According to a complaint filed with the court by Moland, a station employee diagnosed her knocking problem by telling her she needed an entirely new engine. She agreed to have one put in, but after receiving the newly repaired car--which she claimed included several jobs not agreed to in advance--she reported hearing the same knocking sound. The court later entered a default judgment against Phillips for $16,454; court records indicate that a writ of garnishment was served on the minister at Mt. Gilead.

Phillips has also taken his knocks from government tax collectors. Records on file at the Denver Clerk and Recorder's office show that a $350,359 lien was placed on his property by the Internal Revenue Service in January 1994 for unpaid taxes dating back to the 1980s. In September 1991 the State of Colorado placed a lien against him for $32,355 in unpaid taxes, according to records at the Arapahoe County Recorder's office. There is no official record of those liens having been released; officials at the IRS and the Colorado Department of Revenue decline to comment on whether the reverend has paid his overdue taxes, citing privacy restrictions.

For the IRS or any other creditor, collecting from Phillips could be made tricky by the fact that he lives in a church-owned house and drives a car registered to the daycare center. Little other information about the minister's financial dealings appears in court files, in large part because he so often has not bothered to put up a defense. However, after the judgment had already been entered against him in the Texaco station case, Phillips agreed in September 1987 to answer written questions from one of Moland's attornies. (He did so after a judge threatened to hold him in contempt.)

That question-and-answer session provided a rare glimpse at how the minister handles his money. According to what Phillips told Moland's attorney at the time, he had no bank accounts, owned no real estate ("I live in church parsonage"), owned no automobiles, owned no household goods or furniture and had a gross monthly income of only $800. He said that Emma was a housewife who had no income. When asked if he had any outstanding judgments, Phillips responded that he owed the IRS $56,669. How he managed to rack up such a large tax debt while living an apparently frugal existence was not explained.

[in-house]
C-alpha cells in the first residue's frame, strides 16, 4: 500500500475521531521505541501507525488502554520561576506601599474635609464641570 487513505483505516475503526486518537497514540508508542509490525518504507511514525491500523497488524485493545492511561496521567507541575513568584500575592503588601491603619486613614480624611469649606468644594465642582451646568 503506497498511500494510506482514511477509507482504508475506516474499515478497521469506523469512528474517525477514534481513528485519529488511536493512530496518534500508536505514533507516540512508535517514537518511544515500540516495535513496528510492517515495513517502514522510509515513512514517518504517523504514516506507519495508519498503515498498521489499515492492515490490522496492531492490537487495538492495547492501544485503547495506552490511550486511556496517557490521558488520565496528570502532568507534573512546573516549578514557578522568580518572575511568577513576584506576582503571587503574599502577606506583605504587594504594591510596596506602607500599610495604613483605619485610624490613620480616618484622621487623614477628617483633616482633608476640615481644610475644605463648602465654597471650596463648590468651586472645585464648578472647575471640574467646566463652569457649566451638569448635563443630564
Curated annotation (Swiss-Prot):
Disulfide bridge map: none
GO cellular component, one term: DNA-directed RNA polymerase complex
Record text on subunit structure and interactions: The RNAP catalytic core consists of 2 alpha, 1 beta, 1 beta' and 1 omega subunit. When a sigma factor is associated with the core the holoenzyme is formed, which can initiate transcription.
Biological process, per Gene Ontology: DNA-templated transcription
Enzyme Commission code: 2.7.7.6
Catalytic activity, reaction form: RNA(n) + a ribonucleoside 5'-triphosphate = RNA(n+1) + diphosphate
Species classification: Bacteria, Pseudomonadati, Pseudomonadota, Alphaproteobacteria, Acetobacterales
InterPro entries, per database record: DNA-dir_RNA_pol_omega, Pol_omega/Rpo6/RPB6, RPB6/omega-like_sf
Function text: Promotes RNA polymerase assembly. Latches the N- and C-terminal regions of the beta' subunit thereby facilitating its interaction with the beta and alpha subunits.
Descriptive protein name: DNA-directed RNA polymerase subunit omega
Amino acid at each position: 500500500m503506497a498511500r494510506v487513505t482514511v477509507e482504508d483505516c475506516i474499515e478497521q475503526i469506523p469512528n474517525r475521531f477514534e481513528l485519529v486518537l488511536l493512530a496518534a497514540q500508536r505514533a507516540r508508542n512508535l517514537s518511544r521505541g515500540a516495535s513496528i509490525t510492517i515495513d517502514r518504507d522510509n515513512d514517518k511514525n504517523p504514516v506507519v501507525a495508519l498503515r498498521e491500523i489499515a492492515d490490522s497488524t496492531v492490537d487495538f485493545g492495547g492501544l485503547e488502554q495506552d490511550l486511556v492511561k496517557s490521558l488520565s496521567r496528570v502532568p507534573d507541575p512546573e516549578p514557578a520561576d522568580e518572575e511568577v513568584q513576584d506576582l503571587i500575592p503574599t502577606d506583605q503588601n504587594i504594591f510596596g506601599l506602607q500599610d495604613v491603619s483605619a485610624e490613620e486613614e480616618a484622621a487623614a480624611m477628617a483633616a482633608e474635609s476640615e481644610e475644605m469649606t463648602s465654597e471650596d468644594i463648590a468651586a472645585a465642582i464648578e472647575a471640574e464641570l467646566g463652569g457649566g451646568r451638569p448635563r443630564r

The reverend's tax debts could be related to his frequent business dealings, which have included the Dahlia Shopping Center effort, an apparent one-time interest in the Texaco station and the consumer loans that were issued through D.T.P. Ministries. More recently, Phillips appears in state corporation records as the agent for a business called Discount Park and Ride Inc.

Phillips's church has been active on the financial front lately as well. Mt. Gilead, now reportedly under the leadership of Del T. Phillips, already owns several pieces of real estate in the metro area, including the $158,000 home on East Iowa Avenue in Aurora where Acen and Emma Phillips live. The church also is listed as the owner of a two-unit residence at 36th and Grape streets in Denver, which Emma listed as her address on the registration for a 1985 Jaguar and which also was given as an address by the couple's son Acen Phillips Jr. when he was sued in 1992 for writing a bad check to a local dry cleaner.

Now the church is branching out. Real estate records in Arapahoe County show that in the past two years Mt. Gilead has spent more than $600,000 to purchase two residential homes in Aurora, one of which was sold to it by pop singer John Denver. That home, on East Cedar Avenue, was purchased for $310,500 in October 1996, according to a property transfer record. County records indicate that another home on East Cedar Circle, which backs up against the Aurora Hills Golf Course, was purchased in the church's name for $326,000 this past July.

What the church plans to do with those residential properties is uncertain.
The annual meeting of the National Baptist Convention gets under way Monday at the Colorado Convention Center.